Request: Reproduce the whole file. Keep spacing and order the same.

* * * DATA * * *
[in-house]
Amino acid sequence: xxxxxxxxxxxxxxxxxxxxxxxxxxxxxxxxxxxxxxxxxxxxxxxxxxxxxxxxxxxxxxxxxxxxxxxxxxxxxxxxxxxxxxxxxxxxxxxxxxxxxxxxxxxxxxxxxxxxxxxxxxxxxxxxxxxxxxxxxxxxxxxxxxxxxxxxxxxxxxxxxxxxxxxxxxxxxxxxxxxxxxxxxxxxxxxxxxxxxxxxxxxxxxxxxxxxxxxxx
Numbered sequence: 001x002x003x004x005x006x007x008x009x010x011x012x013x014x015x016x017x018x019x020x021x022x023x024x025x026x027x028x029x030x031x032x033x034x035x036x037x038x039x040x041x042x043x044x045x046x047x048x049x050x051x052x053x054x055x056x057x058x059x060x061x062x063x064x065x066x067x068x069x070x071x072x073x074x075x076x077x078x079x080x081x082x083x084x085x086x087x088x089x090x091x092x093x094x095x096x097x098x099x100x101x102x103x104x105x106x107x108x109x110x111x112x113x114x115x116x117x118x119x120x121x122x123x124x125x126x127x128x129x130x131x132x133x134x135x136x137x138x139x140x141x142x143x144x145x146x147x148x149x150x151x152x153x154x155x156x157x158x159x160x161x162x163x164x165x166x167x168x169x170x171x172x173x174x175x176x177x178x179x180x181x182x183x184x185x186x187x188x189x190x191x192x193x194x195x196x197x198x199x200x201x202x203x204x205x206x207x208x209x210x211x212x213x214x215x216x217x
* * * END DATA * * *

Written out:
[in-house]
Amino acid sequence: xxxxxxxxxxxxxxxxxxxxxxxxxxxxxxxxxxxxxxxxxxxxxxxxxxxxxxxxxxxxxxxxxxxxxxxxxxxxxxxxxxxxxxxxxxxxxxxxxxxxxxxxxxxxxxxxxxxxxxxxxxxxxxxxxxxxxxxxxxxxxxxxxxxxxxxxxxxxxxxxxxxxxxxxxxxxxxxxxxxxxxxxxxxxxxxxxxxxxxxxxxxxxxxxxxxxxxxxx
Numbered sequence: 001x002x003x004x005x006x007x008x009x010x011x012x013x014x015x016x017x018x019x020x021x022x023x024x025x026x027x028x029x030x031x032x033x034x035x036x037x038x039x040x041x042x043x044x045x046x047x048x049x050x051x052x053x054x055x056x057x058x059x060x061x062x063x064x065x066x067x068x069x070x071x072x073x074x075x076x077x078x079x080x081x082x083x084x085x086x087x088x089x090x091x092x093x094x095x096x097x098x099x100x101x102x103x104x105x106x107x108x109x110x111x112x113x114x115x116x117x118x119x120x121x122x123x124x125x126x127x128x129x130x131x132x133x134x135x136x137x138x139x140x141x142x143x144x145x146x147x148x149x150x151x152x153x154x155x156x157x158x159x160x161x162x163x164x165x166x167x168x169x170x171x172x173x174x175x176x177x178x179x180x181x182x183x184x185x186x187x188x189x190x191x192x193x194x195x196x197x198x199x200x201x202x203x204x205x206x207x208x209x210x211x212x213x214x215x216x217x